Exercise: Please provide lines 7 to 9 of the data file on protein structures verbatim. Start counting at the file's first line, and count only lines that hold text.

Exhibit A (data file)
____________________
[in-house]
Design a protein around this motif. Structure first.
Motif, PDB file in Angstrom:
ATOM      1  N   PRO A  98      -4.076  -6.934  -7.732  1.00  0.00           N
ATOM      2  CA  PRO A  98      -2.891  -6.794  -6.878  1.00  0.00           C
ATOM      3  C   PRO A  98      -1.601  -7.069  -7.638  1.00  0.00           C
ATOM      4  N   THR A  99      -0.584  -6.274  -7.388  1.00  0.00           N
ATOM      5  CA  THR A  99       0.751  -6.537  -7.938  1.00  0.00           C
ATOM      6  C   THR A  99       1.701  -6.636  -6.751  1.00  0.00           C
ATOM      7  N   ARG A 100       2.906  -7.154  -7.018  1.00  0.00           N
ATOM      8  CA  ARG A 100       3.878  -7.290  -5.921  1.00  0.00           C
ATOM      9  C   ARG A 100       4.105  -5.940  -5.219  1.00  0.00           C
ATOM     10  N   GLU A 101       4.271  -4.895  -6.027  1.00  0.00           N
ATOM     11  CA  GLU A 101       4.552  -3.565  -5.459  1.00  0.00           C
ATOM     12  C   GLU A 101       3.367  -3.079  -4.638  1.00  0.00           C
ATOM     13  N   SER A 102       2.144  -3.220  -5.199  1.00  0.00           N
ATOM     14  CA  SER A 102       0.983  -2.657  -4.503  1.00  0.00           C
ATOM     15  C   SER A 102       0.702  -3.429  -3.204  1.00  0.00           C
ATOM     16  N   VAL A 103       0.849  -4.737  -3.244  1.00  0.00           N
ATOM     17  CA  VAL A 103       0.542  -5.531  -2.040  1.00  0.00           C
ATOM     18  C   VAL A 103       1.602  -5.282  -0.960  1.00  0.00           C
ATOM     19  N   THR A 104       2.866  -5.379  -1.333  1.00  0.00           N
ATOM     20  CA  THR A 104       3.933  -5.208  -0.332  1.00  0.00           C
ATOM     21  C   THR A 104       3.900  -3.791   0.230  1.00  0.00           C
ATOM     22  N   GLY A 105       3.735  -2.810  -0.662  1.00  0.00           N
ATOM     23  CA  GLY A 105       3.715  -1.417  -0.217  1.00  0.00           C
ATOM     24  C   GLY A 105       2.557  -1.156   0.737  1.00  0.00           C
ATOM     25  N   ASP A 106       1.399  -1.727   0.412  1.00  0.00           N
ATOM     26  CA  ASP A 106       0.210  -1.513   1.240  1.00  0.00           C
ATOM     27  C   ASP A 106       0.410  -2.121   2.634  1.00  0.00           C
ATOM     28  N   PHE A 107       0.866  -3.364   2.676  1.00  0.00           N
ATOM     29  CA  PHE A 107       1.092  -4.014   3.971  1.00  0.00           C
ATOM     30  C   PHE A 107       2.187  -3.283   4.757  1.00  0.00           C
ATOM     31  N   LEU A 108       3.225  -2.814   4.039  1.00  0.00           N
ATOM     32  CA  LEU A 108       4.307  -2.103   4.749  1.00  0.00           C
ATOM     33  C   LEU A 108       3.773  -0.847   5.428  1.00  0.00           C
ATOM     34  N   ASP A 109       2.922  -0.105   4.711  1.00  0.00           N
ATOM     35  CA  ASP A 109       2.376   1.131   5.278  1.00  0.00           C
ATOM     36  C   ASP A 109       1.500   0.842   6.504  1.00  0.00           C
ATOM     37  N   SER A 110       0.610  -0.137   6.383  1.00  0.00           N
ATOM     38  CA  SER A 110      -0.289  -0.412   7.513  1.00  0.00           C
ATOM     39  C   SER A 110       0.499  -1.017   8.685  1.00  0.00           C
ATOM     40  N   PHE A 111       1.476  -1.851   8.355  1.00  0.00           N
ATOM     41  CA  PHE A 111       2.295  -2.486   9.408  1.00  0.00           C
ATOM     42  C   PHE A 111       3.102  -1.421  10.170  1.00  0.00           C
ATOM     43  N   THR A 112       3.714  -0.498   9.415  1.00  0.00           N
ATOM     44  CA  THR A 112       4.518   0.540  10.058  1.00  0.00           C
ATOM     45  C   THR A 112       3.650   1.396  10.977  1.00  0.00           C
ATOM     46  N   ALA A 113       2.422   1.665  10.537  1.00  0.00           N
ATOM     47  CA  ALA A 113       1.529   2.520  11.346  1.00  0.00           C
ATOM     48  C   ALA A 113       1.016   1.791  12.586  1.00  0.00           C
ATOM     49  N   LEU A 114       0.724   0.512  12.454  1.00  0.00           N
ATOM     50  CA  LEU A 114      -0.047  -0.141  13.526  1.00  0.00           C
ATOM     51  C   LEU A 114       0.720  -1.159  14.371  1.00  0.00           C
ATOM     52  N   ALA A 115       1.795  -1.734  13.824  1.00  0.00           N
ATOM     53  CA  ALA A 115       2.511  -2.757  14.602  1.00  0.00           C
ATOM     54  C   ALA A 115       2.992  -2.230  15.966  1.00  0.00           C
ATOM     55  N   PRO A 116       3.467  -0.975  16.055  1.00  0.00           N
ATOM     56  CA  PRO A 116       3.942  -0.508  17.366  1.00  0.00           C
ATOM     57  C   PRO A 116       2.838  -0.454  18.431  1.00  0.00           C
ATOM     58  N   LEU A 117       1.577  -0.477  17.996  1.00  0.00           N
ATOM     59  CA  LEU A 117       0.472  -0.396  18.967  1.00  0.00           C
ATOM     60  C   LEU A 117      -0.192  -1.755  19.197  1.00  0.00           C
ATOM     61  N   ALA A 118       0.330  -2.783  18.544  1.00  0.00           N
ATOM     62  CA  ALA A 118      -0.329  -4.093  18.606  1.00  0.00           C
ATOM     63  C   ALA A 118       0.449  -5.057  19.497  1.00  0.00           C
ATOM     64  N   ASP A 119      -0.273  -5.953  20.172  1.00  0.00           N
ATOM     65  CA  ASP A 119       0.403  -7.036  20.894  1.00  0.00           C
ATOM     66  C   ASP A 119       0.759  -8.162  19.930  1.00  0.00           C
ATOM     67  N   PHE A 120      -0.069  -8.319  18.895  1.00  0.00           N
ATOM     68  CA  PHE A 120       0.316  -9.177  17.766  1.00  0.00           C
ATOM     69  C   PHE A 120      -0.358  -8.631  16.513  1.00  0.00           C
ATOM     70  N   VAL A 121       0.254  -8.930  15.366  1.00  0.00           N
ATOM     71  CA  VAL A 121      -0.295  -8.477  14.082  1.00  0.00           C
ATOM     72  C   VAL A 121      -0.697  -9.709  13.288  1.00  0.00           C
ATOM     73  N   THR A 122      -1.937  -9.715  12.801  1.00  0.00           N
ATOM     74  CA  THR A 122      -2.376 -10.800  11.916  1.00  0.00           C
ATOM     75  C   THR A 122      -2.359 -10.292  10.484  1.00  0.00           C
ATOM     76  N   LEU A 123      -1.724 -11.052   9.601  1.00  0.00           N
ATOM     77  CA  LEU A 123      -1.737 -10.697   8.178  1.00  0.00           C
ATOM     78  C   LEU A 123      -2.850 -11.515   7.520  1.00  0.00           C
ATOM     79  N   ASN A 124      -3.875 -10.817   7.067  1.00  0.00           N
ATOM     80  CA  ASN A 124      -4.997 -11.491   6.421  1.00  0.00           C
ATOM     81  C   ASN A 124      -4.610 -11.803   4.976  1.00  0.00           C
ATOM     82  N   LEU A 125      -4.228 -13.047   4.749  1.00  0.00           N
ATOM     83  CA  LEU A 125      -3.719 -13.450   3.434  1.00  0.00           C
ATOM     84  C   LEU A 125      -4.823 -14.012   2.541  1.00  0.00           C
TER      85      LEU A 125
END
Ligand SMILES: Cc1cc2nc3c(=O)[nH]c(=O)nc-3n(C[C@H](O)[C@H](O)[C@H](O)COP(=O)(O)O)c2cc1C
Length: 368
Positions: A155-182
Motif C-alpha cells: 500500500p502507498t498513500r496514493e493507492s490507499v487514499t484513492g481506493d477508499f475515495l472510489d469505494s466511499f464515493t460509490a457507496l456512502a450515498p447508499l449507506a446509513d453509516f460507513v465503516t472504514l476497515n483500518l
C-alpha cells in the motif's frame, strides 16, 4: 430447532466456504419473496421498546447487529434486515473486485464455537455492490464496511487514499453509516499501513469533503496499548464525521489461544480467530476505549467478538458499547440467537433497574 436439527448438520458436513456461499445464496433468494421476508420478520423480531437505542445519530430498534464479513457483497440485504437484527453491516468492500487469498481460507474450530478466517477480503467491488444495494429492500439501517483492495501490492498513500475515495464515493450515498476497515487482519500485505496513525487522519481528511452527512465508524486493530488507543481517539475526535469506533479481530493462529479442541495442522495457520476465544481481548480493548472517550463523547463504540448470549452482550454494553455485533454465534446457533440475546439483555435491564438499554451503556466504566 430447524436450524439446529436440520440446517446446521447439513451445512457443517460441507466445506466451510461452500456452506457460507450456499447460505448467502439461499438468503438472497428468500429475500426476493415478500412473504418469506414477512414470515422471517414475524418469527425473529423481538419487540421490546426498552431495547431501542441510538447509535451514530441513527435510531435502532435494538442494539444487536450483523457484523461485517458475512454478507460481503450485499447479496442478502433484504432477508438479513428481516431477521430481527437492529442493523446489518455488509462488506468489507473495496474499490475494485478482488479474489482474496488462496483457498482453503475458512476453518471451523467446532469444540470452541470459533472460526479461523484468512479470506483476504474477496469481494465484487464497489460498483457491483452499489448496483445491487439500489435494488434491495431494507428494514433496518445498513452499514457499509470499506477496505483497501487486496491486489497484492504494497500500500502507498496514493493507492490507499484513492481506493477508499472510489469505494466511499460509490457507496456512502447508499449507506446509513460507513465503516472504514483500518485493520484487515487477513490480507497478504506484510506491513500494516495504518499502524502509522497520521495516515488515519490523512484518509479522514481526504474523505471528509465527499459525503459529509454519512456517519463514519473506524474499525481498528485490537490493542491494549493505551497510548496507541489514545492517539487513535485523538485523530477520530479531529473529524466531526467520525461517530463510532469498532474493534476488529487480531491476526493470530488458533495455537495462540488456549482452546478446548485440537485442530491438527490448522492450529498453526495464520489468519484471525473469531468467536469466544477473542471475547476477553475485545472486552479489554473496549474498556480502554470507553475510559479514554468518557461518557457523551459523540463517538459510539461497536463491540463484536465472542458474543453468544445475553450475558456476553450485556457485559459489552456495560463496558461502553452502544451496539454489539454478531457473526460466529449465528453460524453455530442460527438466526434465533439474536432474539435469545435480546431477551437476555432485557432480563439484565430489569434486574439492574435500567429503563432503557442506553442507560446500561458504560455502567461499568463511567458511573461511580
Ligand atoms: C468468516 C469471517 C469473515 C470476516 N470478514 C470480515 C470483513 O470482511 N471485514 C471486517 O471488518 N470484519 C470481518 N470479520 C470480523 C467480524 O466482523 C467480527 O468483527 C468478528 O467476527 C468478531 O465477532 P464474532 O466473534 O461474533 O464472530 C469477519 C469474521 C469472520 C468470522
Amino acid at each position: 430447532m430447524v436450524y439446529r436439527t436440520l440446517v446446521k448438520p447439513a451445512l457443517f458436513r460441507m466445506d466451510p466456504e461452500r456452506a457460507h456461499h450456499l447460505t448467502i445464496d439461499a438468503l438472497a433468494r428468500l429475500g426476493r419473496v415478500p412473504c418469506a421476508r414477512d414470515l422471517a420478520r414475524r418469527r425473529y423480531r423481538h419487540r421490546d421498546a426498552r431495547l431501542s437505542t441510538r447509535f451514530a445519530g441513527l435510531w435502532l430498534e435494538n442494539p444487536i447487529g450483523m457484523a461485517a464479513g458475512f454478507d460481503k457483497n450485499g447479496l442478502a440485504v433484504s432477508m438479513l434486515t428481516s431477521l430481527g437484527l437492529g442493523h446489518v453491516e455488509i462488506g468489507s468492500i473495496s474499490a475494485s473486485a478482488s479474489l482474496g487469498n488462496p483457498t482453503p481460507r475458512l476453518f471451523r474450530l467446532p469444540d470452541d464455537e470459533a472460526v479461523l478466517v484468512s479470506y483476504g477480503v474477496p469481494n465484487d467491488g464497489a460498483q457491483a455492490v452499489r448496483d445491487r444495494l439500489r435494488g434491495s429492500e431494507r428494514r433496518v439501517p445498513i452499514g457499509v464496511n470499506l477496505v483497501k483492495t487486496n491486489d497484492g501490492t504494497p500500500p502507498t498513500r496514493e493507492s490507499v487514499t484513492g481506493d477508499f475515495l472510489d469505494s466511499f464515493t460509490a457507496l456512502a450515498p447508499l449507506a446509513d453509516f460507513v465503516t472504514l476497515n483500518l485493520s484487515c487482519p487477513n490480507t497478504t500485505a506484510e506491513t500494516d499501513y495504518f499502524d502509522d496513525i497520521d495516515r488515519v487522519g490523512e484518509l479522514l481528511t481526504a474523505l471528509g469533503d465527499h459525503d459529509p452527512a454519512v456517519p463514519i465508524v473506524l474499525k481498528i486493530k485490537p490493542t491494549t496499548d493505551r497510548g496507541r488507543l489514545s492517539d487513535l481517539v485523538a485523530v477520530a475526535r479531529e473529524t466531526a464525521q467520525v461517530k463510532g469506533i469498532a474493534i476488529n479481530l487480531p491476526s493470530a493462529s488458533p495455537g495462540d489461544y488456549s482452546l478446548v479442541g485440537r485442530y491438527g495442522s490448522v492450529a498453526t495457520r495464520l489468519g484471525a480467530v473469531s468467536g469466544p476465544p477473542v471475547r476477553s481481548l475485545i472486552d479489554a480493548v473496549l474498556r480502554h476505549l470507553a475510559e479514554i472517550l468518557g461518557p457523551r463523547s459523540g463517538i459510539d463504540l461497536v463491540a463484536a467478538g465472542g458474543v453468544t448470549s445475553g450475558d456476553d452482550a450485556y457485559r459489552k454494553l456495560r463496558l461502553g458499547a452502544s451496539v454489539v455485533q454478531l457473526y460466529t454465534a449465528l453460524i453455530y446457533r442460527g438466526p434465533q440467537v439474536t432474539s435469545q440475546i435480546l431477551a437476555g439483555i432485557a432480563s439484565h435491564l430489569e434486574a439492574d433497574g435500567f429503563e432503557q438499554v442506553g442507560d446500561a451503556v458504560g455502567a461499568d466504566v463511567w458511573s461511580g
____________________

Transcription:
ATOM      4  N   THR A  99      -0.584  -6.274  -7.388  1.00  0.00           N
ATOM      5  CA  THR A  99       0.751  -6.537  -7.938  1.00  0.00           C
ATOM      6  C   THR A  99       1.701  -6.636  -6.751  1.00  0.00           C